A SOAR analysis is a technique that helps businesses at a strategic planning level to:
- Focus on what they are doing right.
- Determine which skills could be enhanced.
- Understand the desires and motivations of their stakeholders.
Understanding a SOAR analysis
The SOAR analysis is an acronym of Strengths, Opportunities, Aspirations, and Results. The analysis is very much a positive evaluation, in the sense that a business focuses on what it is doing well and then takes steps to do more of it. In other words, they endeavor to build on strengths instead of correcting weaknesses.
The SOAR analysis can be created as a simple 2 x 2 matrix with the four resulting quadrants making up the acronym itself.
Let’s now have a more detailed look at each.
Strengths are what a business does exceedingly well. They may relate to important assets, capabilities, resources, or accomplishments. Strengths also relate to unique selling propositions and competitive advantage.
Opportunities are circumstances that a business can take advantage of to increase the odds of success – namely those relating to market share and profitability. What partnerships could a business create to enhance market share? What trends do they foresee and how might any threats be reframed as opportunities to thrive?
Aspirations are visions that build on the strengths identified earlier. They must be challenging, inspiring, and meaningful. That is, the business must be passionate about making a positive difference. The organizations that take the time to create aspirations are determining who they want to be and what they stand for.
Once aspirations have been qualified, it is time to quantify them with results. Results inform businesses on whether they have achieved success by helping them clarify their visions and aspirations into tangible outcomes.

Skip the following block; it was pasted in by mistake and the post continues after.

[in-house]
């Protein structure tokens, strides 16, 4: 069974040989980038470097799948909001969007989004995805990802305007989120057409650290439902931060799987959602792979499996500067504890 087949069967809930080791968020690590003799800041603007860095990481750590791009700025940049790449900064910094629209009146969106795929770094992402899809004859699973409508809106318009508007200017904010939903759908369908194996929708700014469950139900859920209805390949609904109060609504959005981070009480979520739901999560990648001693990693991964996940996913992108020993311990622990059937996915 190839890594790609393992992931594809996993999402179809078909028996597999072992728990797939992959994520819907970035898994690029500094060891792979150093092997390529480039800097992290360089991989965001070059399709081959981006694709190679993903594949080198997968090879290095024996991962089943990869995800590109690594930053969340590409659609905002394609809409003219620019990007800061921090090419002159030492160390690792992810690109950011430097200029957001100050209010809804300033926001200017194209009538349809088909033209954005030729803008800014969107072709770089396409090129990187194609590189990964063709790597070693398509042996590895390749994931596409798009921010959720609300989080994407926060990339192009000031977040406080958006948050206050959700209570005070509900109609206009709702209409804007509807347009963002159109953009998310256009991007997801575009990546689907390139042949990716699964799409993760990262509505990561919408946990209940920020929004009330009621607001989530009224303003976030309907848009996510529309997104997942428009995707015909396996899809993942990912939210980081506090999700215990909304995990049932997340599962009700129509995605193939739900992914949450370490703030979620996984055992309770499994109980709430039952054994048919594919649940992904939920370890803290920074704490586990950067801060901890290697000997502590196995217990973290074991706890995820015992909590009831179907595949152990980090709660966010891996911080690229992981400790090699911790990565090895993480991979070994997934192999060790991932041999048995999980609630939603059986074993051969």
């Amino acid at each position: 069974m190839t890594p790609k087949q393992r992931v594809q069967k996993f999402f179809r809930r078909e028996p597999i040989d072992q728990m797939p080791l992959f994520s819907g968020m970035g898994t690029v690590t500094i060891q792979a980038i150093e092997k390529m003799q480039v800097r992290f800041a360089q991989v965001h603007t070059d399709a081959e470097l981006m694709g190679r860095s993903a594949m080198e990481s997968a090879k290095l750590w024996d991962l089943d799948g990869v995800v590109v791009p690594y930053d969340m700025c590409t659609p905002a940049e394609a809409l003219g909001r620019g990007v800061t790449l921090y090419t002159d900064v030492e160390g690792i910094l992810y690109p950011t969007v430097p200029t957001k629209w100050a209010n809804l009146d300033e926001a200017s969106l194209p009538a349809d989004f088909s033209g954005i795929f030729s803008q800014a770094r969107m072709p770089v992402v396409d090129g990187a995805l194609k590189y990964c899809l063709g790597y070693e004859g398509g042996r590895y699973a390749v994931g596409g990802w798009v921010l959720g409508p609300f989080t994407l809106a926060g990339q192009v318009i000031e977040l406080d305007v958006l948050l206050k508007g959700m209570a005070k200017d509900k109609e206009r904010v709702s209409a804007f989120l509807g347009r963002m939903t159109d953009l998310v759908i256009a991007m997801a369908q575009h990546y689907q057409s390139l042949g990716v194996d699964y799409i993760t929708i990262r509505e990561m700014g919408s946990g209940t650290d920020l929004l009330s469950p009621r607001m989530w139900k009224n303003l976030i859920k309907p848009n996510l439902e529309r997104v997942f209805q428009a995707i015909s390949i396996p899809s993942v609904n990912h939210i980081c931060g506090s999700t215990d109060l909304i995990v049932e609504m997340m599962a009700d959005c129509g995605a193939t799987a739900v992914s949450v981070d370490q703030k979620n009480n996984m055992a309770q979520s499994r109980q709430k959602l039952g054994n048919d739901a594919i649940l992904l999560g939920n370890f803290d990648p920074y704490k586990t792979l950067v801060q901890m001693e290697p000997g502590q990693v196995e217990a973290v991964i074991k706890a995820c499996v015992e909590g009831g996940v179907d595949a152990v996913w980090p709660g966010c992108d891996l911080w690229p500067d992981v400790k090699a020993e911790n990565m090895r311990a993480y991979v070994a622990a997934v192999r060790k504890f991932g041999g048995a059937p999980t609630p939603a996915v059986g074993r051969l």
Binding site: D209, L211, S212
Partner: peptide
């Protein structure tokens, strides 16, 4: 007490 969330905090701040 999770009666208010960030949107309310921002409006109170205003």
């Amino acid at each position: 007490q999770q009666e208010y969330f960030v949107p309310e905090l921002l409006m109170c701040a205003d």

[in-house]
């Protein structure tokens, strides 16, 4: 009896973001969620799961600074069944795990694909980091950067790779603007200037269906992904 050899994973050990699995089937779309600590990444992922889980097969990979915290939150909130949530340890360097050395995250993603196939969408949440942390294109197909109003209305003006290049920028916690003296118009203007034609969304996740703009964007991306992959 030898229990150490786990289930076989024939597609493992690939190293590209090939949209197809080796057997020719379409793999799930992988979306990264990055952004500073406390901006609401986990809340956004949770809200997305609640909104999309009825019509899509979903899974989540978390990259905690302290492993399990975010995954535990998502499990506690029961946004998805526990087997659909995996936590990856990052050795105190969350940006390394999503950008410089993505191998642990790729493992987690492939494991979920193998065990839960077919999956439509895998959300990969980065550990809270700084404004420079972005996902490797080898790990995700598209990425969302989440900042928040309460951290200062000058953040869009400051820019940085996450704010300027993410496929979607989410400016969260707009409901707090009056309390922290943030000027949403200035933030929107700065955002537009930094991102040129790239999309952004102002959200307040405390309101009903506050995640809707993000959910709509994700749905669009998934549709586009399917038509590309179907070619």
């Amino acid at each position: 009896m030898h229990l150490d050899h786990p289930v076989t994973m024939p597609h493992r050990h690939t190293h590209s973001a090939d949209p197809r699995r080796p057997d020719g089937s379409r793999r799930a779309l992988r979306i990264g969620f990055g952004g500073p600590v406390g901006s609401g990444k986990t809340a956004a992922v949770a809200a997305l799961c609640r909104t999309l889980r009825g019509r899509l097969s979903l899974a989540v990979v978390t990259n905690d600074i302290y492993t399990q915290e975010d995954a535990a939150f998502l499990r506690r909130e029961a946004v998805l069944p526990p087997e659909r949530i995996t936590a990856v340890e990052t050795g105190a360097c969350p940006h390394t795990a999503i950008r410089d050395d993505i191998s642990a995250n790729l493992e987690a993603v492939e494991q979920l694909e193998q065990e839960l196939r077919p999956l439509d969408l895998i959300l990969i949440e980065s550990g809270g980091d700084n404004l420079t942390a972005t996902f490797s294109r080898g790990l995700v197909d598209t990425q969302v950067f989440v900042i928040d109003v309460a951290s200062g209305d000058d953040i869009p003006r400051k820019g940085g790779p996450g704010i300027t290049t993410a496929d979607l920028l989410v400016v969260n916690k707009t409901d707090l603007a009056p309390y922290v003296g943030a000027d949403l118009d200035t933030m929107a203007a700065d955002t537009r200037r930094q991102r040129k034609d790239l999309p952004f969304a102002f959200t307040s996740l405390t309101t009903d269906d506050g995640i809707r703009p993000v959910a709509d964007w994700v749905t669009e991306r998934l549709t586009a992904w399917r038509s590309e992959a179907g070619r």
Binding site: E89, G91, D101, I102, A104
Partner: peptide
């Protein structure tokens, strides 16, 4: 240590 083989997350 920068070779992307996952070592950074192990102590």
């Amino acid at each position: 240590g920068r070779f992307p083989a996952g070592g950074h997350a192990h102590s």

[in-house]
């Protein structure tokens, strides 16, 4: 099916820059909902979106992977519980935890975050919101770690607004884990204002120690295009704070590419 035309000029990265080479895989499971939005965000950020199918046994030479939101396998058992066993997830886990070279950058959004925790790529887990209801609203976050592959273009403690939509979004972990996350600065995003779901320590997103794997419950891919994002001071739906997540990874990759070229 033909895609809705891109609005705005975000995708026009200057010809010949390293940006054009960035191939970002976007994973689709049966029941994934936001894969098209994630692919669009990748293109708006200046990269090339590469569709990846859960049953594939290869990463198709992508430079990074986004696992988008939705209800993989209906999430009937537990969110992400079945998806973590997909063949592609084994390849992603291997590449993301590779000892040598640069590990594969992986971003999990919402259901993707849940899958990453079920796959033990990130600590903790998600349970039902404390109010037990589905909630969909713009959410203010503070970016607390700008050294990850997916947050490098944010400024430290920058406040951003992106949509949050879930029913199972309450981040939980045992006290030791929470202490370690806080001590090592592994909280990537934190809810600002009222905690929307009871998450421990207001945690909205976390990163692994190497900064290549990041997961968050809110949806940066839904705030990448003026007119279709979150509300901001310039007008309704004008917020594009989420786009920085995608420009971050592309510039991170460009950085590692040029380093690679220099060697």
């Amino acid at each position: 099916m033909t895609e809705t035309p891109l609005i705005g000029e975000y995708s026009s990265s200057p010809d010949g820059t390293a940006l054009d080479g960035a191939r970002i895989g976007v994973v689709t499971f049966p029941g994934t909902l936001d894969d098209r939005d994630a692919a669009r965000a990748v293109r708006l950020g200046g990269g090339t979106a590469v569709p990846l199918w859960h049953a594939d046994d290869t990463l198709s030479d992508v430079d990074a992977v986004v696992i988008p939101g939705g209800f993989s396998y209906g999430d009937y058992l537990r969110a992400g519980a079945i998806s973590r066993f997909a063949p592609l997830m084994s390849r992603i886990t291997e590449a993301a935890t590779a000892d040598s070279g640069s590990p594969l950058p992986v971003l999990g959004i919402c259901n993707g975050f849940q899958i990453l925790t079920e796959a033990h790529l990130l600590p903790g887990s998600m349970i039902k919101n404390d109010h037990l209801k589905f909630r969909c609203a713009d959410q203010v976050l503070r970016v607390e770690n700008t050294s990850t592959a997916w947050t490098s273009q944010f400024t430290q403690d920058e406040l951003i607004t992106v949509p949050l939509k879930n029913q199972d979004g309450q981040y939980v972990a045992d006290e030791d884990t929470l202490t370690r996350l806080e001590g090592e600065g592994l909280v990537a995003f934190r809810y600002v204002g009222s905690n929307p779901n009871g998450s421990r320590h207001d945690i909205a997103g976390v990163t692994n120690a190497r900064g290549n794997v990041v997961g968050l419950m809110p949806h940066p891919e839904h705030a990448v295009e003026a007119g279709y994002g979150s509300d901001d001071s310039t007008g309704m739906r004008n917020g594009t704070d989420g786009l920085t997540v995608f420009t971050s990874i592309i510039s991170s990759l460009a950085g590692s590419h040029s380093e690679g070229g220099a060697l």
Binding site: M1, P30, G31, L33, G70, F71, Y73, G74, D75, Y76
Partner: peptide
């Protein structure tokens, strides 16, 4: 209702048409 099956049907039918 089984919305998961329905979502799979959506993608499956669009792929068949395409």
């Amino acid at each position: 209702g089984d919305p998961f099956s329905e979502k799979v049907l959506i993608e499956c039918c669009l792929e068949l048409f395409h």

Advantages and disadvantages of a SOAR analysis
- Forward-looking and strength-focused – especially compared to the similar SWOT Analysis which focuses more resources on rectifying weaknesses.
- Incorporates tangible goals with facts regarding the business and market, unlike many other strategic frameworks.
- Provides important guidance on the future direction of the business when strengths and aspirations are identified.
- For businesses that have already defined a mission statement, the aspirations quadrant may be superfluous.
- The strength-centric focus of the SOAR analysis does not take into account marketplace competition, potentially leading businesses to focus on what makes them uncompetitive. As a result, the organization may set and achieve goals (and define success) based on metrics that will result in them becoming very much unsuccessful.
- A SOAR analysis is an approach to strategic thinking where a business constructs its future through collaboration, understanding, and action.
- A SOAR analysis is visually represented by a 4 quadrant matrix containing the Strengths, Opportunities, Aspirations, and Results of a business.
- The SOAR analysis is a forward-looking strategy that links somewhat intangible strengths and aspirations with a more tangible goal setting. However, the strength-centric nature of the analysis may blind the organization to external factors or give it an inaccurate view of success.
Connected strategic frameworks
Other related business frameworks:
- AIDA Model
- Ansoff Matrix
- Business Analysis
- Business Model Canvas
- Business Strategy Frameworks
- Blue Ocean Strategy
- VRIO Framework